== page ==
Friday, August 16, 2019

Terrapin Traverser

The Terrapin Traverser 

by Brendan McCarthy

            This summer, I worked on repairing a hand-made wooden prawn boat as my main project for NECWA. I am, in no way, shape, or form, an experienced carpenter. As a result, I was very much outside of my comfort zone throughout the entire endeavor. I consulted many boat repair shops and various other people in the field about how to properly fix up a boat that was not capable of floating.
The Terrapin Traverser right side up and freshly scrubbed.
            After many consultations, I began to gather the various materials required of me, including a sander, sandpaper, epoxy, resin, boat paint, etc. I was excited to take on a new challenge, something very outside my comfort zone. I was presented with a pristine opportunity to dive into a field of work that I had no previous knowledge of. This allowed me to grow as an intellectual and as a competent worker.
Brendan (red shirt) and Jacob (green shirt) sanding the bottom of the boat. 
The first step was to sand down the entire bottom of the boat. Next we had to caulk all the gaps between the wood. After the caulk dried, we had to sand the bottom of the boat once more. Then we applied fiberglass to the areas we had caulk and to areas that were cracked or weakened after we had applied one coat of epoxy. Then four more coats of epoxy and finally painted our finished product. 
The painted bottom of the boat. 
            The project allowed me to become better rounded, and eventually when the boat was put in the water, it did indeed float. Many thanks to AJ’S Boat Repair Shop for allowing us to house our boat by their ramp! With the guidance of various other people in the organization, YouTube videos, and a passionate team of people helping me with the work, we got it done.

Brendan with the Terrapin Traverser at AJ's Boat Co.
Catching terrapins while balancing on a boat definitely presents a skillset for us to further develop, but as time progresses, so will out ability to catch these animals to further our research and conservation efforts. Now instead of just flying for team terrapin, we can float too.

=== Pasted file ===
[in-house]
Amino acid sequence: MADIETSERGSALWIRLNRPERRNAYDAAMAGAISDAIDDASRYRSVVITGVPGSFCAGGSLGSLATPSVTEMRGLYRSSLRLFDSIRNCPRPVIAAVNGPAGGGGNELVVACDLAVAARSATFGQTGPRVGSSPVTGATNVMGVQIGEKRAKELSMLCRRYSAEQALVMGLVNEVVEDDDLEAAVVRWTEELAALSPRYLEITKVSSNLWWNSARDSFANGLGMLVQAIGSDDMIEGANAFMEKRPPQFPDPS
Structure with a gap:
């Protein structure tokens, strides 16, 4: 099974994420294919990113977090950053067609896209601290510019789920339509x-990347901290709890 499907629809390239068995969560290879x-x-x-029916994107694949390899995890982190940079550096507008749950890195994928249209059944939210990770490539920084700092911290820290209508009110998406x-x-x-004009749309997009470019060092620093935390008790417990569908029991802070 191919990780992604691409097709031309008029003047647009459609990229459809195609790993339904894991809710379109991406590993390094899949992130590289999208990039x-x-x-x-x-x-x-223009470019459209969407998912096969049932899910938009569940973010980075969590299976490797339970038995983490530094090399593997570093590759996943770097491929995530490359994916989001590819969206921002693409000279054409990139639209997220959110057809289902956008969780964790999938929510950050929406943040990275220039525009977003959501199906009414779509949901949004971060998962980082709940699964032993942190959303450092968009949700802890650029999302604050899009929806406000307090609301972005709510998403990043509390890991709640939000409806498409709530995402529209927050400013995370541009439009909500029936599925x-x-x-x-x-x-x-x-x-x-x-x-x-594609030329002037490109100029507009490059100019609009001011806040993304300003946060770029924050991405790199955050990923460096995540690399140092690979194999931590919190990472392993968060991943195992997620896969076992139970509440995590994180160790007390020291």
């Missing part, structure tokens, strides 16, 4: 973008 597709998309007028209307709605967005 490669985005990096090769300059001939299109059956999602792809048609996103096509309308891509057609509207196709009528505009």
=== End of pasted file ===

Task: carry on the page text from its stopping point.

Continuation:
Ready to make our mark out on the water. Go NECWA!
Videos that provided me with ideas of how to work on the boat and the best way to approach it:
Sanding wooden small boat:
Applying an epoxy coating to a wooden boat:
Wooden Boat Revival:

Tuesday, August 6, 2019

Keystone Species: What They Are and Why You Should Care

Keystone Species: What They Are and Why You Should Care

A keystone species is any organism that is irreplaceable in its ecosystem.  These animals, plants, fungi, and other life forms significantly influence their surroundings and the number of other members of their food webs.  A defining feature of keystone species is that though they have a large impact, they’re not incredibly abundant.  Sea otters, African elephants, fig trees and hummingbirds are all examples of keystone species.

A kelp forest with otters, and without

Keystone species are often predators, not prey species.  Their job is to keep other species in check and maintain balance in the ecosystem. Sea otters prey on sea urchins in kelp forests.  Without this interaction, the kelp forests would be completely diminished by the sea urchins.  African elephants, on the other hand, create more grazing land in the savannahs, which increases the quantity and type of grazing animals that can live there, including gazelles, etc. .  African elephants help to promote biodiversity in their environment, rather than keeping other populations in check.

African Elephants in the savannah

Fig trees and hummingbirds represent more subtle types of keystone species.  Fig trees, while certainly not predators, help to maintain their ecosystems by providing resources in the form of food, housing and building materials for other birds as well as mammals.  Without the constant supply of resources, these dependent species would struggle to sustain their populations.  Hummingbirds, like bees, are pollinators that we and other species heavily rely on. Hummingbirds work as a link to maintain plant populations that help support other populations of animals.

In the New England region, copepods are a major primary producer and source of energy for fish, birds and marine mammals.  Basking sharks and North Atlantic right whales consume copepods as filter feeders.  Small fish eat copepods and are consumed by larger fish or by birds.  Crabs and shrimp also feed on these tiny organisms.


Keystone species, despite their importance to the environment and their own ecosystems, are not immune to the threats that the rest of the natural world faces.  Climate change and human action is especially detrimental when it encroaches on the lives of these species because they uphold many other species.  This makes conservation efforts and general respect for plants and animals imperative, as the collapse of one species means the collapse of many.

For more information and further reading, use the following websites: